Underwater videos can help researchers find hellbenders without damaging or permanently scaring them away the rocks where they nest.
Eastern hellbenders (Cryptobranchus alleganiensis) are elusive and hard to detect, though many researchers believe the amphibians are declining in parts of their range in Alabama and Georgia.
One of the best ways to find these amphibians is during their breeding season, when they are more mobile and easier to detect. Traditionally, researchers have done this by lifting up rocks they may be breeding under.
Hellbenders, the largest salamander species in North America, choose nests carefully throughout their range in the eastern United States. Male hellbenders stake out spots under large rocks in streams. They guard them from rivals until females come by and lay their eggs, then continue to guard the eggs until larvae hatch.
But by lifting up rocks, researchers have found, they can scare the hellbenders away from prime nesting locations. “Inadvertently, we might be disturbing their preferred nest rock,” said Shem Unger, an assistant professor at Wingate University in North Carolina and the lead author of a study published recently in Aquaculture and Fisheries on a new technique for biologists to detect the salamanders.
In the worst case, by disturbing males guarding the eggs, researchers may even prompt them to cannibalize their own eggs — perhaps because they believed they were in significant danger from predators in the first place.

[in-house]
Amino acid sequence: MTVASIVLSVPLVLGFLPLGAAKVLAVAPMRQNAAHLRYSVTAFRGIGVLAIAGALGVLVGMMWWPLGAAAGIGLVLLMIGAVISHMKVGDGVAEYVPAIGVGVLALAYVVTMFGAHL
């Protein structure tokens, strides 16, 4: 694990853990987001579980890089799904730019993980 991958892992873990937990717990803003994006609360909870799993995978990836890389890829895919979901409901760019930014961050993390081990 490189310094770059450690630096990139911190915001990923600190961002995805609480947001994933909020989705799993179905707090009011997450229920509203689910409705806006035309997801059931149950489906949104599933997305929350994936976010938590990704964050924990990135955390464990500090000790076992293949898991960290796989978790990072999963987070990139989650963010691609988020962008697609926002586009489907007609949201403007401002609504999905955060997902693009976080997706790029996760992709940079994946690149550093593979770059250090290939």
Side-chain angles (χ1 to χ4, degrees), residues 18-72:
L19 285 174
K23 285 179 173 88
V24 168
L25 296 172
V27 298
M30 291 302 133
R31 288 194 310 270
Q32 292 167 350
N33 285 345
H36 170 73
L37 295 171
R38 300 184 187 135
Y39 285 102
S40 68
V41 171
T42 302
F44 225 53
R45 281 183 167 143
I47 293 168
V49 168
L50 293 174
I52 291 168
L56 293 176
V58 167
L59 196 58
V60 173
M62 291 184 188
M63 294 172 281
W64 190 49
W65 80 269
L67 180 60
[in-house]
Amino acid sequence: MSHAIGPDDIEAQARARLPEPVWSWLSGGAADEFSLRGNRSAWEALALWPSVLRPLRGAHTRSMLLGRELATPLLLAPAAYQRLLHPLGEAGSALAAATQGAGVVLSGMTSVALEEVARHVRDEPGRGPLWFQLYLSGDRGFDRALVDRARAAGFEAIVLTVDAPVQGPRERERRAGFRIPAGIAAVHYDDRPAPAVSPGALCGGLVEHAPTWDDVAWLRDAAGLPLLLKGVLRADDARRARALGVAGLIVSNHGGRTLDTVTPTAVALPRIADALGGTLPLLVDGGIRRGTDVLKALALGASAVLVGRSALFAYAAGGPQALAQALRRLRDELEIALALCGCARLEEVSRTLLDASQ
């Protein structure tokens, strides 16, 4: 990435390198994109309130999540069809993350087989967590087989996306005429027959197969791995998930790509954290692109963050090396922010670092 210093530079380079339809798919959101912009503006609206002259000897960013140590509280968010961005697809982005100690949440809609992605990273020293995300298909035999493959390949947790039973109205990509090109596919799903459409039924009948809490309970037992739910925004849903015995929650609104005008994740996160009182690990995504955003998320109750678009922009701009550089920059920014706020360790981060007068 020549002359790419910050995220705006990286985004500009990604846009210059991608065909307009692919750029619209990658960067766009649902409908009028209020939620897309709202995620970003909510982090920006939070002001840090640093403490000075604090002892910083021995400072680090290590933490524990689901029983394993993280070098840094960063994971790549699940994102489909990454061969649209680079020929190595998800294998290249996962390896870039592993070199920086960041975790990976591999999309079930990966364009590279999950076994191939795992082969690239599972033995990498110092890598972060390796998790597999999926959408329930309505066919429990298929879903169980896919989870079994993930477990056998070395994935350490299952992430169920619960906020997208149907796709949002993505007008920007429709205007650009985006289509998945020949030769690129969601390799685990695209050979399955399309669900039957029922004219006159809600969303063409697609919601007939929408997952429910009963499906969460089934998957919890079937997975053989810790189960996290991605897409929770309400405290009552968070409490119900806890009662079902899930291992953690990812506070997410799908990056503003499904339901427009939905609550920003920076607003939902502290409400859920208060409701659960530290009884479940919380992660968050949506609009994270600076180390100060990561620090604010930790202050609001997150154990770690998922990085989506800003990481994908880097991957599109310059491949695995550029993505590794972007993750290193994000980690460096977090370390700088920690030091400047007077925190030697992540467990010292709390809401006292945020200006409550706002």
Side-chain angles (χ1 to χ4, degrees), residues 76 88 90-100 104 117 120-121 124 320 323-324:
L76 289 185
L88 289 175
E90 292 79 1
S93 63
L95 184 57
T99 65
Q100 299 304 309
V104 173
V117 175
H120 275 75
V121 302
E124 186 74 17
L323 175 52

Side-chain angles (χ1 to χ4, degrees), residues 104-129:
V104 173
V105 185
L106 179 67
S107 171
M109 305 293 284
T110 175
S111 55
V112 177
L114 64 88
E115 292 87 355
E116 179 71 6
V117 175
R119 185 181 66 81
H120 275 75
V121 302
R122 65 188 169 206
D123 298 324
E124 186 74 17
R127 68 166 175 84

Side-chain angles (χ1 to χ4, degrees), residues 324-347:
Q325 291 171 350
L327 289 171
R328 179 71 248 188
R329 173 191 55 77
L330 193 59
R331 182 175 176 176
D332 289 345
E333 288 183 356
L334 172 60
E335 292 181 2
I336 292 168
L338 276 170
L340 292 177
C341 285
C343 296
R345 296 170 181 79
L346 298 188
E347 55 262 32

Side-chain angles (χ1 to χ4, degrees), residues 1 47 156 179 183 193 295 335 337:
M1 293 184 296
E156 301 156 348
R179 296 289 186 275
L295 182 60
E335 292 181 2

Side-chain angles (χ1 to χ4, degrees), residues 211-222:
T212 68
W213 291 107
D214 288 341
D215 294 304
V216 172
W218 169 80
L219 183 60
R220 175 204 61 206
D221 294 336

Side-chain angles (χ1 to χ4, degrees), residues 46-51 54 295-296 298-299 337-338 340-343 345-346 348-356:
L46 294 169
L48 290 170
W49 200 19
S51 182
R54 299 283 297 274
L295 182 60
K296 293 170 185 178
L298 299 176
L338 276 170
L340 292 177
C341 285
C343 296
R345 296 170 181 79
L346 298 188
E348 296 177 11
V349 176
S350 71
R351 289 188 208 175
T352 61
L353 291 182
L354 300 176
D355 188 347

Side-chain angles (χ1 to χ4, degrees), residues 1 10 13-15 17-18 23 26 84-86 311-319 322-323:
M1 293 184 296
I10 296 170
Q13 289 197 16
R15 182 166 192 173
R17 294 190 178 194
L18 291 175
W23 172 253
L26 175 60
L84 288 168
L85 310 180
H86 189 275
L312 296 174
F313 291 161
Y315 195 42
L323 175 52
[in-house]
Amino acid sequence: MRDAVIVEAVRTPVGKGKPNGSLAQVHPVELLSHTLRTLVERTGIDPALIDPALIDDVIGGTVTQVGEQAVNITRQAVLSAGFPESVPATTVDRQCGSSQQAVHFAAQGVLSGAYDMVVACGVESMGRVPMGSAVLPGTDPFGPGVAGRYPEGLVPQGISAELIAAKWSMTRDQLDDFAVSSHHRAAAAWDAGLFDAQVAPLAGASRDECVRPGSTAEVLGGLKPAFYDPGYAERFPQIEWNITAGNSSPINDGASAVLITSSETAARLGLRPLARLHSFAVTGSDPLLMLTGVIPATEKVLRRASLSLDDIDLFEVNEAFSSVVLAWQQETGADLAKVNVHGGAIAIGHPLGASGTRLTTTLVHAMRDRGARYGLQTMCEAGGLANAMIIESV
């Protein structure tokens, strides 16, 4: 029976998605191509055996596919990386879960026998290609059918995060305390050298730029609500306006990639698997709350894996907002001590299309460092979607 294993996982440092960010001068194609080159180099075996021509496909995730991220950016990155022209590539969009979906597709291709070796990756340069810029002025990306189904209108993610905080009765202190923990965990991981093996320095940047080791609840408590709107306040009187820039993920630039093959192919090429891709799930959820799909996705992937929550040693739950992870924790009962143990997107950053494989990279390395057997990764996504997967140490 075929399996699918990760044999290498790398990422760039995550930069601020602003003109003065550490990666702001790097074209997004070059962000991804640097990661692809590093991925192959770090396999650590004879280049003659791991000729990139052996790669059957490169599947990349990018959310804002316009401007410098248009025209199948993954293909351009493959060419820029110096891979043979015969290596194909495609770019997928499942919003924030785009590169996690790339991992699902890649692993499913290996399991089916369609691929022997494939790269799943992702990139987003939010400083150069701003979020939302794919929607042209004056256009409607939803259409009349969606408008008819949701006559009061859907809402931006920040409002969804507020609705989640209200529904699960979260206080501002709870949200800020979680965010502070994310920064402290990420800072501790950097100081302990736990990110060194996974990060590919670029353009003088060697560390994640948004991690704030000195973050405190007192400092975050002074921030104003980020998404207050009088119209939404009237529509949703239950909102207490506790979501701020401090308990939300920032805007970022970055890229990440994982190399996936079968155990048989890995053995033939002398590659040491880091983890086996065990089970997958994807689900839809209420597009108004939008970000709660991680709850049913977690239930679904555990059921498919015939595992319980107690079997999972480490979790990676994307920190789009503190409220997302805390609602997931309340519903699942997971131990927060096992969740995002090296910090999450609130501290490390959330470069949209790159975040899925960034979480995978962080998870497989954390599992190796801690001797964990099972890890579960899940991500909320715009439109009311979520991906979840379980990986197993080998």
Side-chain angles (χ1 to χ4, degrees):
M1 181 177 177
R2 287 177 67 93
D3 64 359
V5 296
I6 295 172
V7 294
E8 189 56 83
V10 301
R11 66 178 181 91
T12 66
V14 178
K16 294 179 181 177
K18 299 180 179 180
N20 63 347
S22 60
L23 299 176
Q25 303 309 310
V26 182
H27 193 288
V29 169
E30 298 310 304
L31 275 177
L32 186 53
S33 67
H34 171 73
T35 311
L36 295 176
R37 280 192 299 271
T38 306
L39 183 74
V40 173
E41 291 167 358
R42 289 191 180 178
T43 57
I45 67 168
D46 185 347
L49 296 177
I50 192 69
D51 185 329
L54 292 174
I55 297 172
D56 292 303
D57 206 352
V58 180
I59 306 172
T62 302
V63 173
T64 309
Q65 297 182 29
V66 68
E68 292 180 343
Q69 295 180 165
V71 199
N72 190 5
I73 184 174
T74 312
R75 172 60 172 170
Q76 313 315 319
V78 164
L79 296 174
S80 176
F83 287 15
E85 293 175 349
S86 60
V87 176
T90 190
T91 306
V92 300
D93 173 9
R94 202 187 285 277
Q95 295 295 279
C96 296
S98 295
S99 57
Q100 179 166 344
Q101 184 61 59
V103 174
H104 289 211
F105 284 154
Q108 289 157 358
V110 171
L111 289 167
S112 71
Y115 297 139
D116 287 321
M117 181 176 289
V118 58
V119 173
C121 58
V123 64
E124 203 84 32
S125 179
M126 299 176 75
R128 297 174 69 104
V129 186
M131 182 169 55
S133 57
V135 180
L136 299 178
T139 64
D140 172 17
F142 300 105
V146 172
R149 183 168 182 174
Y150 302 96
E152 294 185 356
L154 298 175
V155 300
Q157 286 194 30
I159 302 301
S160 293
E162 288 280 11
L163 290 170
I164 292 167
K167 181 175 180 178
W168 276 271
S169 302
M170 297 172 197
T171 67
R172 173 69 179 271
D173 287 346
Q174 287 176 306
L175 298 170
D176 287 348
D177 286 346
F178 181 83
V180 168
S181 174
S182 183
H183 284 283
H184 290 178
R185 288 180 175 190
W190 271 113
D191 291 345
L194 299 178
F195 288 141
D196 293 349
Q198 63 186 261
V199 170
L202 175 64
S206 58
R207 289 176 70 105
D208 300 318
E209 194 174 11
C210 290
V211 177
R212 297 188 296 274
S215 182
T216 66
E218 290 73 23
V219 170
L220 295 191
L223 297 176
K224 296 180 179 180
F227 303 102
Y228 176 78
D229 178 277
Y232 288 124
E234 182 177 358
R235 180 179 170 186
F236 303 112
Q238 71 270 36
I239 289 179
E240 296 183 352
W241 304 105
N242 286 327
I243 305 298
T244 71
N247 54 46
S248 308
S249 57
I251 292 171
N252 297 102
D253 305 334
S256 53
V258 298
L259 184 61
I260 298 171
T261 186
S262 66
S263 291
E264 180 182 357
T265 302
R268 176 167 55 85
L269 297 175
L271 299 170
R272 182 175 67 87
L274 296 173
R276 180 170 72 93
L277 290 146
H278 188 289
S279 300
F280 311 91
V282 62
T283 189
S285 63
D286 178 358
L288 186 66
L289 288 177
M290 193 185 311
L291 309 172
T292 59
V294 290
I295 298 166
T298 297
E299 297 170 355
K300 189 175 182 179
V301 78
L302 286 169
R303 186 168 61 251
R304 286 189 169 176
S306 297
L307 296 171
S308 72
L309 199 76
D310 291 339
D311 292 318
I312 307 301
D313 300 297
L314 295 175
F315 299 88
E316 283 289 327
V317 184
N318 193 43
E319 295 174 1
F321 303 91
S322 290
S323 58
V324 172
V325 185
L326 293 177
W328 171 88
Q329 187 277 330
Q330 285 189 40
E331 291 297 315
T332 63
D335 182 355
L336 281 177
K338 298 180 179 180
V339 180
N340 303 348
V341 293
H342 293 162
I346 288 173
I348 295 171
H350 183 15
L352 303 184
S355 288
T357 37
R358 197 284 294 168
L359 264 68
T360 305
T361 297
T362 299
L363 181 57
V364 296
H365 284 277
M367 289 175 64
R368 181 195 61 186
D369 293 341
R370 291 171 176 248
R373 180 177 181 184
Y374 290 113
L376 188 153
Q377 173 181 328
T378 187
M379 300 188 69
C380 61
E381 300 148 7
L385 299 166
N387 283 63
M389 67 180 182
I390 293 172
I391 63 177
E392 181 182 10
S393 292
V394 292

Some wildlife managers have tried artificial nest boxes for hellbenders, with tops that open for researchers to check for nests. While this approach has had limited success, it has sometimes also resulted in nest failure.
To avoid disturbing the nests, some researchers have turned to using environmental DNA to detect the presence or absence of hellbenders in a waterway. And while this type of technology is growing, it doesn’t allow researchers to pinpoint where the nests are. This is important for conservationists looking to collect eggs for captive rearing or head-starting to improve survival in wild, or for translocation to areas where numbers are in decline.
Unger and his co-authors wanted to test the ability of underwater cameras to spot hellbenders under rocks. They used two types of cameras to see if they could detect the amphibians in North Carolina streams: Aqua-Vu devices, equipped with infrared sensors for low light, which are often used in ice-fishing; and borescopes, the long, tube-like cameras plumbers often use to see down narrow pipes.
“We can use underwater video cameras to detect the presence of individuals without lifting a rock and destroying the habitat,” Unger said.
Unger said that both devices worked well in different ways. The borescopes were more flexible, and could more easily be maneuvered into small, tighter areas. The Aqua-Vu cameras were better in areas filled with sediment. Because its infrared capabilities help in low light, Unger said, it could be the better choice if it were equipped with a pole to help it reach some areas.
He’s also testing GoPro cameras to see how they compare to the other two types and has noticed that they allow biologists to watch movements for longer, but he’s still conducting research on these.
Videos could be a less intrusive method for nest detection or egg counts.
Joshua Rapp Learn is a science writer at The Wildlife Society. Contact him at firstname.lastname@example.org with any questions or comments about his article.
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